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3.2: Aquatic Fungi (Chytrids)

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    Like many of the earlier fungal lineages, this group has been divided into several distinct lineages. Once all classified as Chytridiomycota, these early, aquatic fungi are now grouped into Blastocladiomycota, Chytridiomycota, and Neocallimastigomycota. Though likely not directly related, these fungi share a few characteristics:

    • Primarily aquatic, though some are parasites of terrestrial plants
    • Swimming spores (zoospores) with a single whiplash flagellum

    Saprotrophic Chytrids

    seeds floating in water, covered by fuzzy white hyphae

    A somewhat elongate sporangium (darker) at the end of a hyphal filament
    Two sporangia (darker) at the end of a hyphal filament. Where the first is produced, the filament takes a turn, goes around it, and ends by producing the second.
    Figure \(\PageIndex{1}\): Chytrids in the genus Allomyces are aquatic decomposers. The top image shows sesame seeds floating in pond water with fungus growing off of them. The second image (bottom left) shows a microcopic image of a zoosporangium produced at the end of a hyphal filament (asexual reproduction). The final image (bottom right) shows two resting sporangia, the result of sexual reproduction. Photos by Tom Bruns, CC-BY-NC.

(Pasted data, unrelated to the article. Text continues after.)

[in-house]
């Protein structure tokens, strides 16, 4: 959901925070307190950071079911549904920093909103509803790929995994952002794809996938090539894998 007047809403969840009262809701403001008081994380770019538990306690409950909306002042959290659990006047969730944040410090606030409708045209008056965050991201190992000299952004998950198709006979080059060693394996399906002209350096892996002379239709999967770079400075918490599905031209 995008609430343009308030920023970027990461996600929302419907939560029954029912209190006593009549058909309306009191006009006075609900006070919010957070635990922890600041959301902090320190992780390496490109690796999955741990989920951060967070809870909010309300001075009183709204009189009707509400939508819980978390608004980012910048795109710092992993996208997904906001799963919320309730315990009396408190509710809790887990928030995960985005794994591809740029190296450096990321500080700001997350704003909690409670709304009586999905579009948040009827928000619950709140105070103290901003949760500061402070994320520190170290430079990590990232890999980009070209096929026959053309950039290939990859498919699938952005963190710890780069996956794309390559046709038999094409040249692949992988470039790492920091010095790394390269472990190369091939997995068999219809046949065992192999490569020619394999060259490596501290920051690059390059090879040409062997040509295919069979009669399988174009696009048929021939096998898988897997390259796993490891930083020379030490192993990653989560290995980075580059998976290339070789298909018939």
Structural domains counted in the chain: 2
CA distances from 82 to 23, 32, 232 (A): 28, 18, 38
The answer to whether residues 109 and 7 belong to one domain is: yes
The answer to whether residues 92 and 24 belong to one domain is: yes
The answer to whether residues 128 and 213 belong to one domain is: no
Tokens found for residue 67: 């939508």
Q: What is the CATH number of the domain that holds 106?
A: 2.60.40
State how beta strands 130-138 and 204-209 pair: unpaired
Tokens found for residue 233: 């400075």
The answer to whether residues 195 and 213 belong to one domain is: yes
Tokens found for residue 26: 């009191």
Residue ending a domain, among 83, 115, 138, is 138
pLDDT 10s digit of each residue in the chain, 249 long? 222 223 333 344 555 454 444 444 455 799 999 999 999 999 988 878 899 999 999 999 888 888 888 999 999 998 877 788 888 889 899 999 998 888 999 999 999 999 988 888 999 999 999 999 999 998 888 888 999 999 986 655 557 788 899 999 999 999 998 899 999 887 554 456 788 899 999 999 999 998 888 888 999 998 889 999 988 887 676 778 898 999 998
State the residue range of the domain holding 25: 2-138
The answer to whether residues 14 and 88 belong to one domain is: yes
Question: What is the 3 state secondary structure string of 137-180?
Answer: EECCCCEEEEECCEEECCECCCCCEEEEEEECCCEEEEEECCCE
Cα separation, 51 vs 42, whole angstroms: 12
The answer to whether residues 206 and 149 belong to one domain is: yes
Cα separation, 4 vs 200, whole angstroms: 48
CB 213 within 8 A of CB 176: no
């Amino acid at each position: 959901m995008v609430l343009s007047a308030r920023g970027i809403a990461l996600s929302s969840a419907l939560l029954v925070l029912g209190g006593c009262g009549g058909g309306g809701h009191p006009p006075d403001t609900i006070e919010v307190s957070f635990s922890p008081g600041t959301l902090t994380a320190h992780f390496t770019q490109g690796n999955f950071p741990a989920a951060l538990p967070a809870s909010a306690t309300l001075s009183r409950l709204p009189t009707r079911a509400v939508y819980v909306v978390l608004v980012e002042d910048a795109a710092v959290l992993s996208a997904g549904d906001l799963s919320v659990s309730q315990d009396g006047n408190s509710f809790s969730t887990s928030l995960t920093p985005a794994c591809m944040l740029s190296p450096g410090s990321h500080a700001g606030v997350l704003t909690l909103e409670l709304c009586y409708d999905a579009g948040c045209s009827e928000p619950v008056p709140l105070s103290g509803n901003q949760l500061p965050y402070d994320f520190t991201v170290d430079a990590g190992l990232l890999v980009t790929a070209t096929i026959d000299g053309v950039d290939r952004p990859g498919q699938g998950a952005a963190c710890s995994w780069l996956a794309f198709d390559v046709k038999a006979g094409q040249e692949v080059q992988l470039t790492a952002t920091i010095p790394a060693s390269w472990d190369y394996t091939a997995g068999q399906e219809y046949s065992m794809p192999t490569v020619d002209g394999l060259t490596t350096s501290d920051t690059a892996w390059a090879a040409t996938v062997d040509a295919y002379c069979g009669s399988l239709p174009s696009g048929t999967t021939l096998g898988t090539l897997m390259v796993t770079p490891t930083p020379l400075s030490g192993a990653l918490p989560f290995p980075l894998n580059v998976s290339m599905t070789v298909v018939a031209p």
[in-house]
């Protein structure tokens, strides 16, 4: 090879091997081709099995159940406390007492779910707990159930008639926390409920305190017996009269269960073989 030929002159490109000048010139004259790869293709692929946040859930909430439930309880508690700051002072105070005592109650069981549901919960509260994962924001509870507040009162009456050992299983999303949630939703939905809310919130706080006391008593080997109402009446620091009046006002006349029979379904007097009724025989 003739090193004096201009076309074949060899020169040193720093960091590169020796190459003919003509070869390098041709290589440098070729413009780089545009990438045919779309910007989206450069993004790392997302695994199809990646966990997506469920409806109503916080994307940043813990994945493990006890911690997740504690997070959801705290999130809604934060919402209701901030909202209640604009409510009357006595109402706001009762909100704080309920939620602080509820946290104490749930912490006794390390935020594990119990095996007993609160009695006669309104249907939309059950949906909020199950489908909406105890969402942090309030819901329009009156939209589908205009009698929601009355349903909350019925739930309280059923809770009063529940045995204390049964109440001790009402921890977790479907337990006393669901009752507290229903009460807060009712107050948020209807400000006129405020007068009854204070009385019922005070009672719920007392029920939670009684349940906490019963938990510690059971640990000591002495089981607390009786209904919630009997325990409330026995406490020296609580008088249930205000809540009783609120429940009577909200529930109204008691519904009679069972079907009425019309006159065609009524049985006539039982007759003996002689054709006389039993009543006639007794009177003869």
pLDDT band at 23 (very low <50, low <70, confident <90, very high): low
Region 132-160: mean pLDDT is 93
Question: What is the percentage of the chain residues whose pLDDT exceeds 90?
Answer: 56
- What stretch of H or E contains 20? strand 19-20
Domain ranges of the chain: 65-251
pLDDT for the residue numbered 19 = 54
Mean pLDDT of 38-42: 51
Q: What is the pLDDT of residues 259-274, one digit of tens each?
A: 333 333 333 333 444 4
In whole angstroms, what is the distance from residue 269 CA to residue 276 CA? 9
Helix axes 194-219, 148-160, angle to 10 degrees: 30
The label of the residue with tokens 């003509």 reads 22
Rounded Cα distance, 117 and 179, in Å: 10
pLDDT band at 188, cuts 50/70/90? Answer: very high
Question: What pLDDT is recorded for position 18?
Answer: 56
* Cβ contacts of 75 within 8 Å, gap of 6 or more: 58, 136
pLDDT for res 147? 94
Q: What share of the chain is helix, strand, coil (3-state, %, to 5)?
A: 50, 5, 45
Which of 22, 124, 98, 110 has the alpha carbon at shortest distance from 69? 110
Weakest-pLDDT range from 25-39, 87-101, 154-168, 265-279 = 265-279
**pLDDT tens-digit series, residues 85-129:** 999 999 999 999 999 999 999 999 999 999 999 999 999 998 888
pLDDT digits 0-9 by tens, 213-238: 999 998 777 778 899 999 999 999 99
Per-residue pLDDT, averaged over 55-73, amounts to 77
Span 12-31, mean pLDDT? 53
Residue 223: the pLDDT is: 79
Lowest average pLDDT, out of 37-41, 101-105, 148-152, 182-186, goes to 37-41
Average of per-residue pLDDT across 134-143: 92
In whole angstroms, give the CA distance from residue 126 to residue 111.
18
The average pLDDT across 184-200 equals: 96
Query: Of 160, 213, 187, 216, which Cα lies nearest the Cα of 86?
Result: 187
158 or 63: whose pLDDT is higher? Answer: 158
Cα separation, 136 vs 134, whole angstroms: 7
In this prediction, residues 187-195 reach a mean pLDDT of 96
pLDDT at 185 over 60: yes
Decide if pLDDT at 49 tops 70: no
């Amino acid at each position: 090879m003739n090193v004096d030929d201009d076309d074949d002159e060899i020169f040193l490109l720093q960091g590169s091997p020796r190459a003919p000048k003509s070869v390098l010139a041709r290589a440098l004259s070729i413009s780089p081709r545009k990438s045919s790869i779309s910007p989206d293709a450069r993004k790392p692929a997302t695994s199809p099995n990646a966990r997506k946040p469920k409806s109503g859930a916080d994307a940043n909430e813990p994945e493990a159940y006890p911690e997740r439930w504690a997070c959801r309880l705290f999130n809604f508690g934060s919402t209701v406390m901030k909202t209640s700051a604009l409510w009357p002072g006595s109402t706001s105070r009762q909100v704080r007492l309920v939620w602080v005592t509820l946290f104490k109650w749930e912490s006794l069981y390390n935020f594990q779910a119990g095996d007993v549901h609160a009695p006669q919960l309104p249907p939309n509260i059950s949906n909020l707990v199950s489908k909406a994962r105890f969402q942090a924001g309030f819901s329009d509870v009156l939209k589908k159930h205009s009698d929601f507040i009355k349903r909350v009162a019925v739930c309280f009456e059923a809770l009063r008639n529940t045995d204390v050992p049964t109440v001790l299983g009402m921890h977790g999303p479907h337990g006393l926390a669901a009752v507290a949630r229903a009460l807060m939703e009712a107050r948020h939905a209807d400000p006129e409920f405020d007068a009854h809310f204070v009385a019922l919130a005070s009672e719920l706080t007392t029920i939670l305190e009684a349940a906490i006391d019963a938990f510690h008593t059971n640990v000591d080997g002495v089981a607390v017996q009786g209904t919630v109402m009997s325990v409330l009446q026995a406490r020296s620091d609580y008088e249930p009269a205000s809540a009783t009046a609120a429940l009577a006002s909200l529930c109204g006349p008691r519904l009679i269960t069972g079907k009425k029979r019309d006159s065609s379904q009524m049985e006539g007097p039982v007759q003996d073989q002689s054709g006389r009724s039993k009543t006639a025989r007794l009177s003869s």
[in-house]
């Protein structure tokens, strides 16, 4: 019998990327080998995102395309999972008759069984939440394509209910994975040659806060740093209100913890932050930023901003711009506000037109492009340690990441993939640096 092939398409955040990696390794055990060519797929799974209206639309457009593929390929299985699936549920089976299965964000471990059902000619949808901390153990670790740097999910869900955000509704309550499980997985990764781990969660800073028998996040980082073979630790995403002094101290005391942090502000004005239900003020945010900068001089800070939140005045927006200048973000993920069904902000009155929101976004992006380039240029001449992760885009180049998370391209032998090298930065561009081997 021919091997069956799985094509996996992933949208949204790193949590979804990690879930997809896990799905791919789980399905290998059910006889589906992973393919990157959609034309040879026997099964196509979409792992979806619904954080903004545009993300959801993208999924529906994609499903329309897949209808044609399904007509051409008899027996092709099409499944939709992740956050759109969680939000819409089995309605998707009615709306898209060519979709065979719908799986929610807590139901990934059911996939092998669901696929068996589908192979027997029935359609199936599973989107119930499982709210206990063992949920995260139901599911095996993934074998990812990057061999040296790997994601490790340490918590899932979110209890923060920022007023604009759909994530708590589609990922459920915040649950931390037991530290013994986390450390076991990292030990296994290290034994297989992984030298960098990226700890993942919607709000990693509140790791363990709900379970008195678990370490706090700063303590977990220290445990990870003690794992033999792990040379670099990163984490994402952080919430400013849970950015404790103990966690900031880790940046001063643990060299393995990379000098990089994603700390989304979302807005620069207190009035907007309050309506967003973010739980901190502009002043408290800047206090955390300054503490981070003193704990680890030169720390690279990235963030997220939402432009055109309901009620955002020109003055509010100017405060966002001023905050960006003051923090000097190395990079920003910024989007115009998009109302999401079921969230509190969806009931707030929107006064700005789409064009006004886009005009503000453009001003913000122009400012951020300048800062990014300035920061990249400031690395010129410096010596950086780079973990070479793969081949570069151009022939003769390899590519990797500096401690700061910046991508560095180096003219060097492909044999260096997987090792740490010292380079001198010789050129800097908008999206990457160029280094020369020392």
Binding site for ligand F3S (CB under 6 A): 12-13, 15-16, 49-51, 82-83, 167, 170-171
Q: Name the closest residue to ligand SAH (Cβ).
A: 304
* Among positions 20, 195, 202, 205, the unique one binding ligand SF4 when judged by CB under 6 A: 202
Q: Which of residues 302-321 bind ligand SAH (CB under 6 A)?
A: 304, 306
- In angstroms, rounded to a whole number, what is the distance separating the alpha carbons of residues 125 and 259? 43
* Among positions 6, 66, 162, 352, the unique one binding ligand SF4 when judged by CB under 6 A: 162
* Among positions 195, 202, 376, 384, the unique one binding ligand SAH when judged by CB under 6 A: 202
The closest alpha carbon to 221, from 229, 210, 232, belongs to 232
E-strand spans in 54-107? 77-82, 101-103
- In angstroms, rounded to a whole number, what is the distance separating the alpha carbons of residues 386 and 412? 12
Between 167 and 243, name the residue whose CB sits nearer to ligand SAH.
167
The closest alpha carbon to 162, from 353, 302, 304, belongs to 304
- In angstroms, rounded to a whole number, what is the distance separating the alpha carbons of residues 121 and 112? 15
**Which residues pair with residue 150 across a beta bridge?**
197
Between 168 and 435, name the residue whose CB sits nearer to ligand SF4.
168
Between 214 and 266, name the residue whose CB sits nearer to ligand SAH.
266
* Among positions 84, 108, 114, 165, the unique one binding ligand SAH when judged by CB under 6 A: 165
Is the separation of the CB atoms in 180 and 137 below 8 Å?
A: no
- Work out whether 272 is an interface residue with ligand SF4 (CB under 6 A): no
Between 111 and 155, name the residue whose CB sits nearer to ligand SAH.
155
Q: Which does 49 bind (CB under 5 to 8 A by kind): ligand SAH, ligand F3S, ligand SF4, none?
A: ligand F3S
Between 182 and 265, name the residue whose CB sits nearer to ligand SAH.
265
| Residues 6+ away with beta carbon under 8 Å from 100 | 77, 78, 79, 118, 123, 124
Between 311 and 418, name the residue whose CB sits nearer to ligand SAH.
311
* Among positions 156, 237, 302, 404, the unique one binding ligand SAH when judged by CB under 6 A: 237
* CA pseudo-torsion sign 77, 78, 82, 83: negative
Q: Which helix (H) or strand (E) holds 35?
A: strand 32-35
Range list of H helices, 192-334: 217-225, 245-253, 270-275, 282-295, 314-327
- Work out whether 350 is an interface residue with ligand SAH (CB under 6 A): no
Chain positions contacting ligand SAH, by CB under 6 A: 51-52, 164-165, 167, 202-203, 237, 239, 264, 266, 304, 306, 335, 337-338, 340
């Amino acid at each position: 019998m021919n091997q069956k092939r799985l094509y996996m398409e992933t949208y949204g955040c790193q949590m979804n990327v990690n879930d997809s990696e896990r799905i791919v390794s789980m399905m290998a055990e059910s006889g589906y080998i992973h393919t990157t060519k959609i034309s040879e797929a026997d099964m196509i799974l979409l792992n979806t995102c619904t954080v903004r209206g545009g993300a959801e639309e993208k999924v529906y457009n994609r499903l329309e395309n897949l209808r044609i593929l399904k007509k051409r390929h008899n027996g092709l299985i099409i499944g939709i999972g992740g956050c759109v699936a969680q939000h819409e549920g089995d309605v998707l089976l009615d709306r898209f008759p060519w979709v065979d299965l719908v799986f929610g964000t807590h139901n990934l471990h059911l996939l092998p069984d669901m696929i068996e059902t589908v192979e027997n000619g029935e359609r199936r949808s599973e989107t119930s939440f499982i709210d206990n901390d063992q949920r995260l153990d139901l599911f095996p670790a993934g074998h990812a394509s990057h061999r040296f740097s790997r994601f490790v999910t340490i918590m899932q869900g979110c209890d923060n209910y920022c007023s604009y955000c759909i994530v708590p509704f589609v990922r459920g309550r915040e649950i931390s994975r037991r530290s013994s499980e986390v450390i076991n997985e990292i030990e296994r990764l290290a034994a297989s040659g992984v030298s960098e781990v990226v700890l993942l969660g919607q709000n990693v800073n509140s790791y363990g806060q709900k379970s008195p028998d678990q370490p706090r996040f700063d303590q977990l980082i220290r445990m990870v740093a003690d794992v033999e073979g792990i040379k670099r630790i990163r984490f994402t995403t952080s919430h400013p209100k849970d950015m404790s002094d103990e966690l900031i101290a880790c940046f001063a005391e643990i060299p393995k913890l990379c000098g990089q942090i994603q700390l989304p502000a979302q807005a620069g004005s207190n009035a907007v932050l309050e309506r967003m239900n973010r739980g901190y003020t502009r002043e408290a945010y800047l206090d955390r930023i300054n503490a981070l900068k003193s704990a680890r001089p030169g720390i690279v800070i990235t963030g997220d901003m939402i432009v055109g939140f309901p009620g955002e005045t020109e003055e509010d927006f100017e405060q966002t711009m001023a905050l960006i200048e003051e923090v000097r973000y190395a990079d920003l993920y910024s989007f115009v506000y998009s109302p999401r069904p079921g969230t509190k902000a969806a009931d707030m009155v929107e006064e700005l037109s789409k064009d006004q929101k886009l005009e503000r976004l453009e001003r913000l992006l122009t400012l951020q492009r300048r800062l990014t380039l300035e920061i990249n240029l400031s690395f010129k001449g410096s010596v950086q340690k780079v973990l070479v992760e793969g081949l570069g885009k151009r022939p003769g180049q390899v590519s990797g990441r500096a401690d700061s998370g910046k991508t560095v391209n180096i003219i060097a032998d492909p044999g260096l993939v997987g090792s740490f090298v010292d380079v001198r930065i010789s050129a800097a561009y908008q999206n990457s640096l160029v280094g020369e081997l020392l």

Parasitic Chytrids

    Micromyces zygogonii, a chytrid fungus, living inside the cells of Spirogyra
    Figure \(\PageIndex{2}\): This image shows Micromyces zygogonia (Chytridiomycota), a parasite with spiky structures (prosori), inside the cells of the alga Spirogyra. Photo Credit Fahrenheit_66, CC-BY-NC.
    A compilation of 6 pictures, A-F, each with a diatom being parasitized by a chytrid (large, globose structures attached to frustule)
    Figure \(\PageIndex{3}\): In these images, the part of the chytrids you can see is the large, globose struture attached to the outside of the diatom. This is the part of the thallus where spores are made. "Chytrid parasites of marine diatoms. (A) Chytrid sporangia on Pleurosigma sp. The white arrow indicates the operculate discharge pore. (B) Rhizoids (white arrow) extending into diatom host. (C) Chlorophyll aggregates localized to infection sites (white arrows). (D and E) Single hosts bearing multiple zoosporangia at different stages of development. The white arrow in panel E highlights branching rhizoids. (F) Endobiotic chytrid-like sporangia within diatom frustule. Bars = 10 μm. For more details see: Hassett BT, Gradinger R (2016) "Chytrids dominate arctic marine fungal communities". Environ Microbiol, 18(6):2001–2009." Unknown author, CC BY 4.0, via Wikimedia Commons.
    Synchytrium papillatum causing pink pustules on a Geranium
    Figure \(\PageIndex{4}\): A parasite on Geranium, this Synchytrium papillatum (Chytridiomycota) is forming pink growths on the calyx and peduncle of these flowers. Photo Credit: James Bailey, CC BY-NC.
    A frog with lesions on its skin, caused by the chytrid pathogen Batrachochytrium dendrobatidis
    Figure \(\PageIndex{5}\): Likely the most infamous chytrid, Batrachochytrium dendrobatidis (Chytridiomycota) causes a lethal skin infection in many amphibians. This now widespread invasive pathogen is contributing to global amphibian declines and extinctions. Photo by Jonathan (JC) Carpenter, CC BY-NC.

    This page titled 3.2: Aquatic Fungi (Chytrids) is shared under a CC BY-NC 4.0 license and was authored, remixed, and/or curated by Maria Morrow (ASCCC Open Educational Resources Initiative) .

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